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From WSJ:

A frantic, last-ditch attempt to forge an emergency-relief package for the Big Three auto makers collapsed in the U.S. Senate, amid a sharp partisan dispute over the wages paid to workers at the troubled manufacturing giants.

I warned my readers last week that a bankruptcy filing is likely, and very expensive. GM will shake the country much more than Lehman would, in my opinion.

Top Broker Accused of Fraud

Bernard L. Madoff, a force in Wall Street trading for nearly 50 years, was arrested by federal agents, a day after allegedly telling two senior employees that his investment advisory business was "a giant Ponzi scheme."

This initially failed to catch my eye until I realized that they are accusing him or defrauding for $50 billion dollars. That's more than Enron, Worldcom/MCI. That's 1/3rd of the AIG bailout, and about 10% of what the Fed has spent this year on the TARP program. In other words, this ain't chump change.

Blagojevich Thrived by Capitalizing on Ties

The complaint against the Illinois governor cites financial troubles, including more than $500,000 in legal bills, and alleges the Senate appointment was a way out of his troubles.

Senate seats for sale now? They probably always were, but this guys was blatant and out in the open about it!

Executive Accused of Mortgage-Securities Scheme

A financial executive was charged with fraud for allegedly inflating the value of thousands of mortgages that were sold as securities to investors.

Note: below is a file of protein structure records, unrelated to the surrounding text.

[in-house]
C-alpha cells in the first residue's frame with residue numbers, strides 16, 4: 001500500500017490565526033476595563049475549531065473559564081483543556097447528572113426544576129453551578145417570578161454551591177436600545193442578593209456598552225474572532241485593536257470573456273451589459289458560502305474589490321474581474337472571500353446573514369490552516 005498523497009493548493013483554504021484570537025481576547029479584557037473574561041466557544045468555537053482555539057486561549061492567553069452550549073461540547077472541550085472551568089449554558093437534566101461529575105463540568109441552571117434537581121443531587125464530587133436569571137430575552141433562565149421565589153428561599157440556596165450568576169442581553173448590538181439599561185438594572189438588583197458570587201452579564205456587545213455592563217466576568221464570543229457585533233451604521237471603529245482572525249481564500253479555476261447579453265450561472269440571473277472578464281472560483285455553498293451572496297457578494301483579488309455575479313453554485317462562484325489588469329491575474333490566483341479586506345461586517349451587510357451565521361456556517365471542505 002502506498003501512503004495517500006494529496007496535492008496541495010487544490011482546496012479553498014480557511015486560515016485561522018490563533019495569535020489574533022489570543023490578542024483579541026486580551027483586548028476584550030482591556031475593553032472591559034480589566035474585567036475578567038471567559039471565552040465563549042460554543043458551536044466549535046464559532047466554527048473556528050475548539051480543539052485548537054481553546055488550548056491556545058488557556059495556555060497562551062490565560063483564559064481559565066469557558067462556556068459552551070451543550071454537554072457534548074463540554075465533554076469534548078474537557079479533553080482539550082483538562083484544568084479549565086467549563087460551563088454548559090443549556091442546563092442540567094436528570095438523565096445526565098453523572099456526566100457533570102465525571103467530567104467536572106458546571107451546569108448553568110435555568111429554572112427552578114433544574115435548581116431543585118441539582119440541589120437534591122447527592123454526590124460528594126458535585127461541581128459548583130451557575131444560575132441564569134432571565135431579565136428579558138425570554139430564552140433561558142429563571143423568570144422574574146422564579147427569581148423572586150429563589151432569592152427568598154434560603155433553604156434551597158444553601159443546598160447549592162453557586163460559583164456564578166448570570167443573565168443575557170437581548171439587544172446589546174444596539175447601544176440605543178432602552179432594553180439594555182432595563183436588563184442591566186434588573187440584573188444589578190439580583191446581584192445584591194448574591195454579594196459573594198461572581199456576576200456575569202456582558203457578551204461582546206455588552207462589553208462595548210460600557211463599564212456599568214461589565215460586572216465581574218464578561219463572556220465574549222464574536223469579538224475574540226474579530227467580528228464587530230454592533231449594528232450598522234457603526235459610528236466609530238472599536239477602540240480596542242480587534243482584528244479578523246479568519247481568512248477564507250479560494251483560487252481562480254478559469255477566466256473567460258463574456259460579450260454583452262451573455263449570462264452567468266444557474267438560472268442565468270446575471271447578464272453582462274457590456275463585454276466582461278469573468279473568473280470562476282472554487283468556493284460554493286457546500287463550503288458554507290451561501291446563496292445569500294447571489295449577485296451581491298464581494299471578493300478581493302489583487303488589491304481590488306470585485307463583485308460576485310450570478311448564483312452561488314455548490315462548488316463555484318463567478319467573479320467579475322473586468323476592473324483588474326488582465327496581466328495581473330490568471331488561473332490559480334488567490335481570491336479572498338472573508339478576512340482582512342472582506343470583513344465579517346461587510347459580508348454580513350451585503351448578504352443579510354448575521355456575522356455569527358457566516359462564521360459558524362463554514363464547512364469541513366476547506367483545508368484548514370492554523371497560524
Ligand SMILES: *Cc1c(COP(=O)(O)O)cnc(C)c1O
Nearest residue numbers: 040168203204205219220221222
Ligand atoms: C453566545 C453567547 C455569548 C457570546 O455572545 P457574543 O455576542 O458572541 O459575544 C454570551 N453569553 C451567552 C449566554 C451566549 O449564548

This should come as no surprise.

BofA to Cut 35,000 Jobs

Bank of America expects to eliminate about 35,000 positions over the next three years as it absorbs Merrill Lynch.

If you're firing that many people, I don't know if "absorbing" is the most accurate term. Take this in perspective, combined with the loss of 1.9 million jobs so far this year, almost half of which occurred in the last two months, and the slump in bank financing since the credit crisis intensified, the figures darken an already gloomy outlook for consumer spending.

Debt Shows First Drop as Slump Squeezes Consumers

The U.S. economy is deteriorating more rapidly than expected, indicating the recession will be deeper and longer than feared. Economists in a WSJ survey expect the decline in GDP to continue into next year.

I was actually expecting this and worse. It is amazing how unrealistically optimistic investors and pundits are being. Open your eyes. I am watching bankruptcy candidates on my short lists rally in price during these trader controlled bear market sucker rallies.

U.S. household wealth fell in the third quarter by the most on record as property values and stock prices tumbled, highlighting the tattered state of consumer finances even before the most recent slump in lending.

From Bloomberg: Household Net Worth in U.S. Drops Most on Record as Stocks, Homes Tumble

Net worth for households and non-profit groups decreased by $2.81 trillion, the most since records began in 1952, according to the Federal Reserve’s Flow of Funds report issued today in Washington. Real-estate-related assets declined by $646.9 billion, three times the prior quarter’s drop.

U.S. Initial Unemployment Claims Soar to 26-Year High as Recession Deepens

The number of Americans filing first- time claims for unemployment benefits surged more than forecast last week to a 26-year high, a sign companies are stepping up firings as the recession deepens.